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  • Interview: Bard O'Neill on Insurgency and Terrorism and the Iraq War


      Bard O'Neill
    Bard O'Neill on Insurgency, Terrorism and the Iraq War

    An expert on insurgencies talks about what history tells us about rebellions like the one in Iraq, why the U.S. seemed unprepared for the violent opposition there, and why the killing might not stop for decades.


    Bard E. O'Neill, a former Air Force officer and now a professor at the National Defense University, teaches future military leaders about insurgencies and is the author of "Insurgency & Terrorism: Inside Modern Revolutionary Warfare," a new edition of which will be published in 2005. The book is a meticulous analysis of the types of insurgencies, their goals and strategies, and why they succeed or fail. We talked with Professor O'Neil two days after the 2004 election to find out what the history of insurgencies tells us about the American dilemma in Iraq.


    Related links: Bard O'Neill bio
    State of the Nation

    Interviews about the state of our country from the election to the inauguration.

    • George McGovern on Vietnam, Iraq and the election of 1972
    •  Thomas Keck on judicial activism and the conservative Supreme Court
    • Bard O'Neill on Insurgency, Terrorism and the Iraq War
    • Maurice Isserman on "America Divided"
    • Eric Foner on freedom
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    Insurgency & Terrorism: Inside Modern Revolutionary Warfare


    The Deadly Embrace: The Impact of Israeli and Palestinian Rejectionism on the Peace Process

    Q: Let me ask you first about terrorism. If it's aimed at non-military targets, non-military victims, it's not aimed specifically at defeating the power structure. What is the goal of it?

    BARD E. O'NEILL: It is to, in the long term, serve the achievement of the ultimate strategic aim, whatever that might be. Terrorism will usually be directed at a target that has little, if anything, to do with the audience that's intended. So if you're on a bus in Tel Aviv or Jerusalem, or you're in a building in New York City, or in a train in Madrid, essentially you're irrelevant. The victims are, for the most part, irrelevant.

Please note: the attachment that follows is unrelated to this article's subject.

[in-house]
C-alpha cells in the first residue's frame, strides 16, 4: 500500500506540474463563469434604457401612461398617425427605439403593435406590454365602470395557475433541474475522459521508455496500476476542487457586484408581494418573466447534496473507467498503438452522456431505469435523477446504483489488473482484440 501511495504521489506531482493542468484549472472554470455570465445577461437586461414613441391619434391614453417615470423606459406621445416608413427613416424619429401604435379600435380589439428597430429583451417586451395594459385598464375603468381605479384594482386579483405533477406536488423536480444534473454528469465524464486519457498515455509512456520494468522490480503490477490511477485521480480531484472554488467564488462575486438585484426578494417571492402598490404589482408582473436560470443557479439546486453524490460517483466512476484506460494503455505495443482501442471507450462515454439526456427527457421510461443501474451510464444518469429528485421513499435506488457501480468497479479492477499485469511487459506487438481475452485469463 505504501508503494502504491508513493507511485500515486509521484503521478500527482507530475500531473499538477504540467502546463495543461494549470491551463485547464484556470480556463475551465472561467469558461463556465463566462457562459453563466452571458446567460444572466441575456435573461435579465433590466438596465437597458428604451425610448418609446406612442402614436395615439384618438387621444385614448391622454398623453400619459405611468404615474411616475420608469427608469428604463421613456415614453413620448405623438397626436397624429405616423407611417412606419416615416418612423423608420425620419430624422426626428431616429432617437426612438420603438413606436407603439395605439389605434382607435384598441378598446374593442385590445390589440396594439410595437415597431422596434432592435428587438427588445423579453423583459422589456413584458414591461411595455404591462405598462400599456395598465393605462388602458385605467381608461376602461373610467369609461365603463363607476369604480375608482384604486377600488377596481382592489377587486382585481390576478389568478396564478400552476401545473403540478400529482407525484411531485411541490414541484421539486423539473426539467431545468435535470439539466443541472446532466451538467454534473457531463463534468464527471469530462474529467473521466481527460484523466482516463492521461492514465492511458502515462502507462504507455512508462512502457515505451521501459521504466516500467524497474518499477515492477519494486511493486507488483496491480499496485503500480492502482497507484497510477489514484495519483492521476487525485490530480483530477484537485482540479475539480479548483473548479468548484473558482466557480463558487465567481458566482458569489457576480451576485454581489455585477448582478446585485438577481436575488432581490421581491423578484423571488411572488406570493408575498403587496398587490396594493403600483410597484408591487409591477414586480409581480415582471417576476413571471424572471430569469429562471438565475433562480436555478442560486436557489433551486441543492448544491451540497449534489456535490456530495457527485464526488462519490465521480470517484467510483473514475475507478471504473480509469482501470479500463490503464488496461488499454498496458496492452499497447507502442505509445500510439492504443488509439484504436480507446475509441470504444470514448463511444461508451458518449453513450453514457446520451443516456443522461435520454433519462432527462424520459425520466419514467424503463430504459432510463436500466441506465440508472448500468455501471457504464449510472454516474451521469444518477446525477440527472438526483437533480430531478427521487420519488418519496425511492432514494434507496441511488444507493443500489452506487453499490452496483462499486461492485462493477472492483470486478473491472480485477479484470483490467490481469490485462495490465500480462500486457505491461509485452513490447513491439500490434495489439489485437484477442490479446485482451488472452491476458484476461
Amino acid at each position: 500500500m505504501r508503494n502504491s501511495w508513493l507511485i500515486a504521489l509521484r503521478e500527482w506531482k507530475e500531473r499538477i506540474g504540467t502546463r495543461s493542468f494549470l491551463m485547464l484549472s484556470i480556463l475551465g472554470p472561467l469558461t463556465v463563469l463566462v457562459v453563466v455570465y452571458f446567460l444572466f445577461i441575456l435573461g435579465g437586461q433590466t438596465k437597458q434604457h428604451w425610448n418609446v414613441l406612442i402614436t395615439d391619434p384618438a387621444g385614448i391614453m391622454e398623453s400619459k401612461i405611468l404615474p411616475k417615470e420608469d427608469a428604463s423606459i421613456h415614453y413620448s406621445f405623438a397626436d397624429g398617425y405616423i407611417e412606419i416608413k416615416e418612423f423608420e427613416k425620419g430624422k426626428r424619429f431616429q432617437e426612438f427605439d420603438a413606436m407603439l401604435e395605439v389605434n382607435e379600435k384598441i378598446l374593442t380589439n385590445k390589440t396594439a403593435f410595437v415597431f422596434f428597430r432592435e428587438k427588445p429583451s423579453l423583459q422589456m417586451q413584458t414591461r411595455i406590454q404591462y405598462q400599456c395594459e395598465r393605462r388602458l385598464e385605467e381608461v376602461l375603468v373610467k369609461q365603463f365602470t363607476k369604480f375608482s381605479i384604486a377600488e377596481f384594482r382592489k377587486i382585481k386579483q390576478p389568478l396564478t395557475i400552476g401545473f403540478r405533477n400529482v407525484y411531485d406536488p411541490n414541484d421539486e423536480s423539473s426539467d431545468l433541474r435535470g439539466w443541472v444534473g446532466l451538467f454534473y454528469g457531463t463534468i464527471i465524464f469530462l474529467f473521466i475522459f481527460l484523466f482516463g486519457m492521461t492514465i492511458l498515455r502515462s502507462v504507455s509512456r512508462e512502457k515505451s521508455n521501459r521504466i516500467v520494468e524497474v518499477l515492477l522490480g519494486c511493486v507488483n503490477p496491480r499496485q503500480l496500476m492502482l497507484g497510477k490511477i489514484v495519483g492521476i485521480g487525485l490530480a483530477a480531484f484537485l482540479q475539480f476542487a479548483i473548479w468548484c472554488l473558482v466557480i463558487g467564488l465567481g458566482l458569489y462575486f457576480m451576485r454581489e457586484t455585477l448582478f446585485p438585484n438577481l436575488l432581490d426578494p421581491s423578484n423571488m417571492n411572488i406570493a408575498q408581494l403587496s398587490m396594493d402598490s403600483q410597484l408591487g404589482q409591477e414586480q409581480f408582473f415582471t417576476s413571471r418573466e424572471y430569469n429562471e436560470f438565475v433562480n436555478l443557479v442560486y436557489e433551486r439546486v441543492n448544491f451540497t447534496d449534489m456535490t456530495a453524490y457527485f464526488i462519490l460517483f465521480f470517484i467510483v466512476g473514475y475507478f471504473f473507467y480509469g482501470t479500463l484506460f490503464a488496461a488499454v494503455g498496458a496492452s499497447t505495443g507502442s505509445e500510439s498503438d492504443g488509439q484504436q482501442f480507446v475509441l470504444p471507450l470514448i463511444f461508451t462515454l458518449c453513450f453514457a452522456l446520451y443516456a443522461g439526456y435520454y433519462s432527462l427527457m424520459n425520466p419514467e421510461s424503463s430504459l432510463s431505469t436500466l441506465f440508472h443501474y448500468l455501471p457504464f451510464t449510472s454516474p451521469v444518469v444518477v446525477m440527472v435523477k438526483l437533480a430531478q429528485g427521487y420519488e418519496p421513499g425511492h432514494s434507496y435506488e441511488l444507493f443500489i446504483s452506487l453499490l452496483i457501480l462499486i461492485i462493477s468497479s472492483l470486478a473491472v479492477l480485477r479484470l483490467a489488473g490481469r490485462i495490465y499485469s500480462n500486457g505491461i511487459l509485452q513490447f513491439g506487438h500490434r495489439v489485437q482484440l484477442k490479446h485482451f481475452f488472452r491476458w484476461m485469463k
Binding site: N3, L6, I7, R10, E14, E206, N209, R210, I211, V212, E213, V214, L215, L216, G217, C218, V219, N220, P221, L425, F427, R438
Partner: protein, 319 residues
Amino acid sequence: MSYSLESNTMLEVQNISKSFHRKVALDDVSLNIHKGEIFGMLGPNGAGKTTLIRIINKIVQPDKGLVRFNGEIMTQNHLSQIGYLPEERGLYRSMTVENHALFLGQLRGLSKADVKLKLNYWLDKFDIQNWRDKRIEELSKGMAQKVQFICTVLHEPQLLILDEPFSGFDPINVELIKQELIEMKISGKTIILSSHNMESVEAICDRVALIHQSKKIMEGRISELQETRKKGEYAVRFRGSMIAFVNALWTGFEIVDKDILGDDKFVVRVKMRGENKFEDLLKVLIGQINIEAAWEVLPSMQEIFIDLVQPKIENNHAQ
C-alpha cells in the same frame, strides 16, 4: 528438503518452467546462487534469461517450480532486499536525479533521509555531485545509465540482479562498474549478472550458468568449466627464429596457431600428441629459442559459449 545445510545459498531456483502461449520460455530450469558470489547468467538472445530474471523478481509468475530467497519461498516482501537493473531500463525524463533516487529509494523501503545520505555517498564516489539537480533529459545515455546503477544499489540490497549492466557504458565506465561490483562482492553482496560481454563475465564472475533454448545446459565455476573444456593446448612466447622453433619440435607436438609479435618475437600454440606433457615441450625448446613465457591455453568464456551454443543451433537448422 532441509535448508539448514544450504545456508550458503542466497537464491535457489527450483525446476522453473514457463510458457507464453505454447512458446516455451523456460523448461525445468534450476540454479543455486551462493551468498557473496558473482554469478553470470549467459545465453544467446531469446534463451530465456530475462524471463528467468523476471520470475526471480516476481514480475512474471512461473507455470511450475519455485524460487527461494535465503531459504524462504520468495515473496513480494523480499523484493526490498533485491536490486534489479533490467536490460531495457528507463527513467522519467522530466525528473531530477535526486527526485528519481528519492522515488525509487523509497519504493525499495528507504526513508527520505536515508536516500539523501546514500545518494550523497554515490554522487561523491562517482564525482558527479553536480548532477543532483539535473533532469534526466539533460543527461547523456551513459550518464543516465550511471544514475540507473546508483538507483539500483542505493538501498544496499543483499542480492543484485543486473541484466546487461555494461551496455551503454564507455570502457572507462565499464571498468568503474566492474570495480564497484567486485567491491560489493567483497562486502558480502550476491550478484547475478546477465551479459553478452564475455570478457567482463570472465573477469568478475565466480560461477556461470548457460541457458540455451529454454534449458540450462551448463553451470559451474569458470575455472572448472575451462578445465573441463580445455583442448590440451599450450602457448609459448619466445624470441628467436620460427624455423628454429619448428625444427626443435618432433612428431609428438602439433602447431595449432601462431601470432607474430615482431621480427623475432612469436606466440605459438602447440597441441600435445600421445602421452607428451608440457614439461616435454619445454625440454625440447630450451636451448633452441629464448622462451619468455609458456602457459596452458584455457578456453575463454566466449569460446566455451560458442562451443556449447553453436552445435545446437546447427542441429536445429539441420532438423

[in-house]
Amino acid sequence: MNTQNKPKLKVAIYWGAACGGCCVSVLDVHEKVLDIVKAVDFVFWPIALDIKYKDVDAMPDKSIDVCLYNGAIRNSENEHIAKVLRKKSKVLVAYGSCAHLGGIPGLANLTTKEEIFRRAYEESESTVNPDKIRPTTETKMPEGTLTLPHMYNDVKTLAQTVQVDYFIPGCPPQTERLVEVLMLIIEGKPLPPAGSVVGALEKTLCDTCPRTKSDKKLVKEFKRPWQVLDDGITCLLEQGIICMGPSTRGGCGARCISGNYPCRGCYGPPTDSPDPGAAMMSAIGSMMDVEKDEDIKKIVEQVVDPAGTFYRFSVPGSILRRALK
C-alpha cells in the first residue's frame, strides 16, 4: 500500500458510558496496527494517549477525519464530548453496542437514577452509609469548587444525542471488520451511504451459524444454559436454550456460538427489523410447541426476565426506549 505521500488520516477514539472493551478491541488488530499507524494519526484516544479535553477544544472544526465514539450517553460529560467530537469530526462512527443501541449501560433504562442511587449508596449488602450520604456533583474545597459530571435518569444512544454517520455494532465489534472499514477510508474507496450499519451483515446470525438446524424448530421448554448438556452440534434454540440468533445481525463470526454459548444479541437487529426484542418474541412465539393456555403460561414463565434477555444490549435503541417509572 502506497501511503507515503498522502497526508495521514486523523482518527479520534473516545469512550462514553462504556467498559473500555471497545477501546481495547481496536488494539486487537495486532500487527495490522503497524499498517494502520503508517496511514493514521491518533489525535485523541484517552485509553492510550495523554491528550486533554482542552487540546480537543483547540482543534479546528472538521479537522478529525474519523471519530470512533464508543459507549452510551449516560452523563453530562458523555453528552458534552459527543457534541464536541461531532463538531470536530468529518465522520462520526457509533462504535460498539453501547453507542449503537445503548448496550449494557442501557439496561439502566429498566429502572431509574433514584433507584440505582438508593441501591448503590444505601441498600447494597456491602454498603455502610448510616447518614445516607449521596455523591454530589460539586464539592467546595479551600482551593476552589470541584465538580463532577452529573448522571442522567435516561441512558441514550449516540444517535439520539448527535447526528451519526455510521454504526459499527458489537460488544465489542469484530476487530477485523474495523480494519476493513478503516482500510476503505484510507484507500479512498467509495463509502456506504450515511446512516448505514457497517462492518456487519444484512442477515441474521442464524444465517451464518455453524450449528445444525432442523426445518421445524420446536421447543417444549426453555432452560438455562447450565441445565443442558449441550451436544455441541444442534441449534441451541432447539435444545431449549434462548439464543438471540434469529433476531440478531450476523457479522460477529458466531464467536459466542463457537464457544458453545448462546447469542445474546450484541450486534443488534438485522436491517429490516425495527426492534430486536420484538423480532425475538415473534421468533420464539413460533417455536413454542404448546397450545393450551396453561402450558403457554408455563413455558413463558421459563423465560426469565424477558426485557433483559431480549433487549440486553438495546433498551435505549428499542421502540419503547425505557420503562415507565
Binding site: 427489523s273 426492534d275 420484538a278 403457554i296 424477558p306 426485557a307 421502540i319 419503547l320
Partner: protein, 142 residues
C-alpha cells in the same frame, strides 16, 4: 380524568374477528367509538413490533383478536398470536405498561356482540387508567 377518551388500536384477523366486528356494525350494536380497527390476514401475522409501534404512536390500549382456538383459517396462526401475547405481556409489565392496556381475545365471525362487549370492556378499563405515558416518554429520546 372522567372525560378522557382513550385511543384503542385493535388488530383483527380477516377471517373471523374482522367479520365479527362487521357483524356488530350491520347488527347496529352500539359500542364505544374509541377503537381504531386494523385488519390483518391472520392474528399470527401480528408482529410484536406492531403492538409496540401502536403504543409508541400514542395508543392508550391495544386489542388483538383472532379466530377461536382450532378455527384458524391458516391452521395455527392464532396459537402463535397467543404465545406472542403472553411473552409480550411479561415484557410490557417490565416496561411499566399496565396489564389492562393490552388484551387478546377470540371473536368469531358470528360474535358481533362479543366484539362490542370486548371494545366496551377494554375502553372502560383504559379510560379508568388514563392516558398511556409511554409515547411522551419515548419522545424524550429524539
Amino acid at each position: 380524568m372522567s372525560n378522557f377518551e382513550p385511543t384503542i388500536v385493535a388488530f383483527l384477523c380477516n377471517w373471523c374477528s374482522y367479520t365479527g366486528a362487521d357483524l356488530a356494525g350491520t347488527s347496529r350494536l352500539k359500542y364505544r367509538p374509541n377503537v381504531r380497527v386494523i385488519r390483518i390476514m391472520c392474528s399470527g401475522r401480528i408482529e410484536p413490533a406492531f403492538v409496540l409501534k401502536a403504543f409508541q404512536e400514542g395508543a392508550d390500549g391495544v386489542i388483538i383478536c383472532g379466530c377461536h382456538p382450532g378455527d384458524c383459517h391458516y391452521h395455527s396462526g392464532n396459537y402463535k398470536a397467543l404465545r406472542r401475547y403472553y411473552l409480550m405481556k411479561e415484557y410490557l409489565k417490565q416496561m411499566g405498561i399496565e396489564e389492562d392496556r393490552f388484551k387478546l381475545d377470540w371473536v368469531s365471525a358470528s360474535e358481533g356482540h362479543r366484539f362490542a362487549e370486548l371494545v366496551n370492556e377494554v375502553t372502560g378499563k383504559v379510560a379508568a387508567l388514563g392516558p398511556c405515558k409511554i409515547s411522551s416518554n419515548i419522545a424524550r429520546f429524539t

The audiences that these acts are designed to reach, vary. It could be the international community in general; it could be another state, or a faction within a state; if you are operating inside your own borders and it's against your own government, you may be trying to influence domestic public opinion, you may be trying to intimidate a segment of the population. You may also be trying to reach an audience within your own organization, to convince them to "stay the course."

    Q: It seems like the IRA might be one example.

    BARD E. O'NEILL: Sure. And I think it is important for Al Qaeda to act — they know that you will atrophy if you don't act, and Mao said this a long time ago so it's sort of standard wisdom. It depends at any point in time what the calculations are of the insurgent leadership — should we go for this, who should we attack and what should our objectives be? What audiences do we want to reach?

      It is important for Al Qaeda to act — they know that you will atrophy if you don't act, and Mao said this a long time ago so it's sort of standard wisdom.
    The objectives will range from extracting money, freeing prisoners, a very familiar one is gaining publicity, destroying a peace process, being a player in a peace process, shoring up your own organization, which we've just mentioned, undermining a rival organization by demonstrating you can act and they can't. In other words, you follow up the act with propaganda that demeans a rival and hopefully it benefits you. So there are all kinds of objectives — and therefore, it is difficult to generalize about objectives. Each act or series of acts has to be looked at on their own terms very carefully, to see exactly what it is you think these guys are doing.

    Q: So if there are terrorist acts going on in Iraq, if we hear about a bombing against civilians or something like that, that serves purposes such as keeping the insurgency moving?

    BARD E. O'NEILL: Sure. It keeps the momentum of the insurgency. It probably gains you recruits. It may also give you an advantage over rivals. It may give you an advantage inside an organization. One can argue, for example, that [Abu Musab al] Zarqawi's beheadings and bombings and deliberate killings of civilians are designed not just to contribute to the long-term objective of creating pressure on, essentially, the United States and its coalition to get out of Iraq, but in the short to medium term, is designed to intimidate Iraqis who might support us — that's one thing, to end that support. They've been explicit about that.